Electromagnetic wave propagation well logging utilizing multiple phase shift measurement
United States Patent 4107597

The invention disclosed herein includes methods and apparatus for determining true formation resistivity, flushed zone resistivity and invasion diameter of the earth formation in the vicinity of a well borehole. A radio frequency electromagnetic field in the frequency range from 800 kilohertz to 4 megahertz is generated in a borehole and the electromagnetic field is detected at a plurality of longitudinally spaced locations. Measurements of the attenuation and propagation velocity of the electromagnetic wave at the longitudinally spaced receivers may then be interpreted according to predetermined relationships in terms of the formation resistivity, flushed zone resistivity and invasion diameter surrounding the borehole.

Meador, Richard A. (Houston, TX)
Adams, Larry L. (Stafford, TX)
Cox, Percy T. (Houston, TX)
Thompson, Larry W. (Houston, TX)
Fuchs, James A. (Missouri City, TX)
Application Number:
Publication Date:
Filing Date:
Texaco Inc. (New York, NY)
Primary Class:
Other Classes:
International Classes:
G01V3/30; (IPC1-7): G01V3/18; G01V3/12
Field of Search:
View Patent Images:
US Patent References:
3086168Synthetic array logging system and method1963-04-16Buckner324/6
3052835Electrical well logging instrument1962-09-04Dunlap et al.324/6

Foreign References:
SU206735A1December, 1971324/6
Other References:
Grubb et al., Borehole measurements . . . in the 300 kHz to 25 MHz frequency range, Radio Science, vol. 11, No. 4, pp. 275-283, Apr. 1976.
Primary Examiner:
Strecker, Gerard R.
Attorney, Agent or Firm:
Ries, Carl G.
Whaley, Thomas H.
Beard, William J.
We claim:

1. A system for determining true formation resistivity (Rt), flushed zone resistivity (Rxo) and invasion diameter (di) of earth materials in the vicinity of a well borehole, comprising:

means for generating, in said well borehole, an alternating electromagnetic field at a first radio frequency in the range of approximately 2 megahertz to 4 megahertz;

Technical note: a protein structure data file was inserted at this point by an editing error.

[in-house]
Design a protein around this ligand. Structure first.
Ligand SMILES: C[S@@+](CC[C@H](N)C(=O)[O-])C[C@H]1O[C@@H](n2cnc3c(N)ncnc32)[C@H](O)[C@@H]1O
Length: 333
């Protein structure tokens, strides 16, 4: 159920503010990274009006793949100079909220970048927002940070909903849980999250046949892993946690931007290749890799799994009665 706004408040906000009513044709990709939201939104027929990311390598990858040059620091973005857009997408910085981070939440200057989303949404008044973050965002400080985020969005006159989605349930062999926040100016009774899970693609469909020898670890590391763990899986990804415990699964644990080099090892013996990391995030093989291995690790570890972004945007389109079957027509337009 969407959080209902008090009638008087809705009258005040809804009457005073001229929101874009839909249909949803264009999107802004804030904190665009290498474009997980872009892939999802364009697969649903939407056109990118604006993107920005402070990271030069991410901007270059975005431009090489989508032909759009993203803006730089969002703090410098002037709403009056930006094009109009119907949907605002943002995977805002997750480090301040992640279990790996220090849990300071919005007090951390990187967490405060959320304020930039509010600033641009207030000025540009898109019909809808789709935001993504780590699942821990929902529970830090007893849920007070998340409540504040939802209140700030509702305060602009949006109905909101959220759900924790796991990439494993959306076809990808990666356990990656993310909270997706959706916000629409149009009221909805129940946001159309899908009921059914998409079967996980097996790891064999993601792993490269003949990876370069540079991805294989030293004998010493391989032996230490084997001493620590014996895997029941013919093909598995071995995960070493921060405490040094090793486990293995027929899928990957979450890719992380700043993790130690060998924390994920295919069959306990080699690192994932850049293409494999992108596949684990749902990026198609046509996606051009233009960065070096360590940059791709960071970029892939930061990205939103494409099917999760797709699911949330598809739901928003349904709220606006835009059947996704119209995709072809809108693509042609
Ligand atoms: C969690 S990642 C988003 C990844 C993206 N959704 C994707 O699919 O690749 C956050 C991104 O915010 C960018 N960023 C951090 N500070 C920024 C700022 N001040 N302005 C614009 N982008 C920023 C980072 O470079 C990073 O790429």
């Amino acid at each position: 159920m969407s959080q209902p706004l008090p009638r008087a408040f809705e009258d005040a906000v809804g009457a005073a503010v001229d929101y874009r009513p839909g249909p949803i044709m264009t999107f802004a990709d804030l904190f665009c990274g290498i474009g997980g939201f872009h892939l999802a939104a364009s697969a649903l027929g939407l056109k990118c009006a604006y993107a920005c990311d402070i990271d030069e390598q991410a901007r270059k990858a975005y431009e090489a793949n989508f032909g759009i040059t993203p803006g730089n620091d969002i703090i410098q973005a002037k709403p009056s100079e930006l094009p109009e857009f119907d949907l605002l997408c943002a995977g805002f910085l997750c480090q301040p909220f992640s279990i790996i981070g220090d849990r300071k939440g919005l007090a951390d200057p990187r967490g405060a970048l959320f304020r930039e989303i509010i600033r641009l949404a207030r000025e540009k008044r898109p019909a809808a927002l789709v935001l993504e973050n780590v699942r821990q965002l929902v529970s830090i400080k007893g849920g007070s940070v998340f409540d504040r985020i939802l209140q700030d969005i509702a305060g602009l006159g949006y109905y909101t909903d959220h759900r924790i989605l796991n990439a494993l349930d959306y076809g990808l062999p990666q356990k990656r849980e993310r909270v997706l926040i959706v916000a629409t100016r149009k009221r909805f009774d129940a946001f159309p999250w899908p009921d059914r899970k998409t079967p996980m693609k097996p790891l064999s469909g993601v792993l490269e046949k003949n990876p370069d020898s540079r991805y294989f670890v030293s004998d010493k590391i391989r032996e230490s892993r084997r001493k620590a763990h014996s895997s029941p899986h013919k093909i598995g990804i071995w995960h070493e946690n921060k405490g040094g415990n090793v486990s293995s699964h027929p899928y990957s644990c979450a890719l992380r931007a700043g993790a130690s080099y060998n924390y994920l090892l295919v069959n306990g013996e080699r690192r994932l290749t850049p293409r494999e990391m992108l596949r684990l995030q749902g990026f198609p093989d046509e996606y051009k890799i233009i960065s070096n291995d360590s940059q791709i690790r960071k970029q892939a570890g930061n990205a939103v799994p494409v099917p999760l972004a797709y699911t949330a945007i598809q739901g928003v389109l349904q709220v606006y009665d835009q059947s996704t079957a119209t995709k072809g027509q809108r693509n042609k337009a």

means for detecting, in said well borehole, phase differences of the total electromagnetic field generated by said field generating means at relatively short, intermediate and long radial depths into the earth material surrounding said borehole and detecting means including pairs of receiver coils at longitudinally short, intermediate, and long spaced distances from said field generating means;

means, connected to said detection means, and comprising receiver and amplifier means for receiving signals from each of said coils of said pairs of coils and converting said signals to signals of a second frequency having constant output amplitudes, for generating signals representative of said phase differences at said short, intermediate and long radial depths, respectively;

means, connected to said signal generating means for transmitting said short, intermediate and long phase difference signals to the earth's surface; and

means responsive to said short, intermediate and long phase difference signals for computing Rt, Rxo and di of said earth materials in the vicinity of said well borehole.

2. The system of claim 1 wherein said receiver and amplifier means comprises a receiver for each one of said receiver coils, each of said receivers being commonly connected to a crystal controlled oscillator operating at a third frequency equal to said first frequency plus said second frequency.

3. The system of claim 1 wherein said signal generating means comprises means for converting said signals of constant output amplitude to first, second and third output pulses whose widths are proportional to the phase differences between first and second coils of said short, intermediate and long spaced pairs of coils, respectively.

4. The system of claim 3 wherein said signal generating means comprises means for detecting deviations in amplitude of said second frequency by providing a deviation signal.

5. The system of claim 4 wherein said signal generating means comprises means for integrating and summing signals from said first, second, and third output pulses and said deviation signal into a composite signal for transmission to the earth's surface by said transmitting means.

6. The system of claim 5 including, at the earth's surface, filter means for filtering from said composite signal each of said first, second and third pulse signals for transmission to said computing means.



The present invention relates to methods and apparatus for determining the characteristics of material surrounding an open hole well bore and in particular, relates to methods and apparatus for radio frequency resistivity well logging in which the true formation resistivity, flushed zone resistivity and invasion diameter are uniquely determinable by means of in situ measurements taken in a well borehole.